When I published this site in June, it was insane. I had spent an entire day trying to rewrite the whole UI on UIKit and it didn’t work. With a splitting headache and spending 12 hours in front of my laptop I finally decided, to surrender to Bootstrap. After almost losing hope with UIKit and also tweeting about the terrible experience, I still relentlessly pursued it. 2 months gone and I love this –
- Feature set: Bootstrap has got a brilliant feature set but UIKit has it all and more. For example the UIKit JS library allows you to do what Bootstrap does (Accordian, Carousel, Modals etc.) and even much more (Off-canvas, Scrollspy, Slider, Parallax to name a few). This helps remove dependencies from other JS libraries.
- Mobile design: UIKit defines the viewport and devices much differently from Bootstrap. I specifically like the “hidden” and “visible” classes. Instead of defining CSS media queries, I can use HTML classes to show/hide pieces of HTML. Of course the down side here is much more HTML code. NOTE – the post list that you see on the mobile version of my site is invisible on desktop using this feature.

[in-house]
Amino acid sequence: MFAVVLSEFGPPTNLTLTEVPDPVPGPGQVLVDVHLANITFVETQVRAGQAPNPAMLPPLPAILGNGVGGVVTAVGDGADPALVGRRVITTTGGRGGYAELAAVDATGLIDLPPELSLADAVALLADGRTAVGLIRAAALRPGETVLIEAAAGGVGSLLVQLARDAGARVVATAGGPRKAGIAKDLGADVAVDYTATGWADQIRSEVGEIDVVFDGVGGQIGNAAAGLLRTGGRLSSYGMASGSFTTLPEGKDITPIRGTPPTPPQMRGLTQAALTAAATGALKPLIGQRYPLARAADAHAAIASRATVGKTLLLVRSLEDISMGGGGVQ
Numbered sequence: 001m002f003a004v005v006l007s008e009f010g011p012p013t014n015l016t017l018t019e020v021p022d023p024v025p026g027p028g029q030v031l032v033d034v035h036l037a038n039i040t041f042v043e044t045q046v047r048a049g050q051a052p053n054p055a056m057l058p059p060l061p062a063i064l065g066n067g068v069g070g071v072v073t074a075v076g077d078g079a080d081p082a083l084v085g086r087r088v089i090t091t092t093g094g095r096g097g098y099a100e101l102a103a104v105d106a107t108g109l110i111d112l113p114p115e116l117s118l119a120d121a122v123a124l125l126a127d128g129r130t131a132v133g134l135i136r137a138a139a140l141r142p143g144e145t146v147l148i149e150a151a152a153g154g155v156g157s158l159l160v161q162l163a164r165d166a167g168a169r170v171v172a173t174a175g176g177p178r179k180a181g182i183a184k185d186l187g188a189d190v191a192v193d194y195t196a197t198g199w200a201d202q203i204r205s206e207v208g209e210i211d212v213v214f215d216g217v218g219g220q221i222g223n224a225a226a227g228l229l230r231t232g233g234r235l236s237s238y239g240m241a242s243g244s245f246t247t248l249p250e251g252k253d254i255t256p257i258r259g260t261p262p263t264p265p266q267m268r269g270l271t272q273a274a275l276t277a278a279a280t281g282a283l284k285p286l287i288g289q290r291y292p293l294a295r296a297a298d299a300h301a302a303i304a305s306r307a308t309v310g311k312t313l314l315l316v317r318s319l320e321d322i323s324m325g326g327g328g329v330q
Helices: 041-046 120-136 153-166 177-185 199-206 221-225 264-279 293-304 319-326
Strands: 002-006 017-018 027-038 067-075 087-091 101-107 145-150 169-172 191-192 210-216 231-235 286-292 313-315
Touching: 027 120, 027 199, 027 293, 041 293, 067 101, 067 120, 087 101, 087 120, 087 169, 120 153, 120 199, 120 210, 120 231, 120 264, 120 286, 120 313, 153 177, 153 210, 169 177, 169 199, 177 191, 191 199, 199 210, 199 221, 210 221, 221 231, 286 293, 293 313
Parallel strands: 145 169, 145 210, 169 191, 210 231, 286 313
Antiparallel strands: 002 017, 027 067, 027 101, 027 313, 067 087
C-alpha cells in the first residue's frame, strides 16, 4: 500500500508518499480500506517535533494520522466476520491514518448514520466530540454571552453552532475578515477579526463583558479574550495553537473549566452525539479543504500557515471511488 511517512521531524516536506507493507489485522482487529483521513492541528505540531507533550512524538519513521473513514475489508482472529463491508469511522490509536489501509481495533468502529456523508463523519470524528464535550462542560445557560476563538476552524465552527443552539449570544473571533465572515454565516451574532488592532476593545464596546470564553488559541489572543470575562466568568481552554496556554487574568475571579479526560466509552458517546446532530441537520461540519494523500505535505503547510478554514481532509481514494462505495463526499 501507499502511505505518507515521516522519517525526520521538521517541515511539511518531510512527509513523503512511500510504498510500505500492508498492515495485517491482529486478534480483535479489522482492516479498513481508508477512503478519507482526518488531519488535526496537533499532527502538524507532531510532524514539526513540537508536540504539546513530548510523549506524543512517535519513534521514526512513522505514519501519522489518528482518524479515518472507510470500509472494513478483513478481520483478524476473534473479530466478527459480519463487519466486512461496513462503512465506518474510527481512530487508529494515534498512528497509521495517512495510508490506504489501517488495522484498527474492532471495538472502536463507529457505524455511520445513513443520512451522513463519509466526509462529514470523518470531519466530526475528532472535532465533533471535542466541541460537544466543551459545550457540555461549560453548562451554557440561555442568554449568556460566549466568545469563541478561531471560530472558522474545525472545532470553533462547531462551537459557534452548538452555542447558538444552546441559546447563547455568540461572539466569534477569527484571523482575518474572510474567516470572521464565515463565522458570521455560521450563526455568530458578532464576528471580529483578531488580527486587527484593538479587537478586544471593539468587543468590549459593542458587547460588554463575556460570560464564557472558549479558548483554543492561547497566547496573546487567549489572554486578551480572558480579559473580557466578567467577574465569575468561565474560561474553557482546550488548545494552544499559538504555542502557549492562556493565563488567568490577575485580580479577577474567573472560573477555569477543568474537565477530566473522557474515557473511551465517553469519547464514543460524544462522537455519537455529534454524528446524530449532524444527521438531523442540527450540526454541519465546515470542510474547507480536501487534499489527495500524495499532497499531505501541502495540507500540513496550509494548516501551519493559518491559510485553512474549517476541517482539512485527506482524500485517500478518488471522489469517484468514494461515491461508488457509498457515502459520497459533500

- Utility classes: One of the more useful features of UIKit is it’s utility class. Centering an element inside an element, or adding margins, removing padding already set and such simple utilities helped me not write excessive CSS and unnecessary class/id definitions. Bootstrap does have some of them but not all.
- Class definition structure: I write HTML/CSS because I love them and when I look at my code, I can clearly differentiate which classes have been defined by me and which ones I have used by UIKit. Having a simple prefix such as “uk-” helped read code better than when I used Bootstrap.
These are just some of the top reasons for me liking UIKit. That said, I have not quite experimented with the UIKit JS library and I’m sure that is a different beast to tackle.
In closing, I am really thankful to both Bootstrap and UIKit for making web development so much easier than back in the day.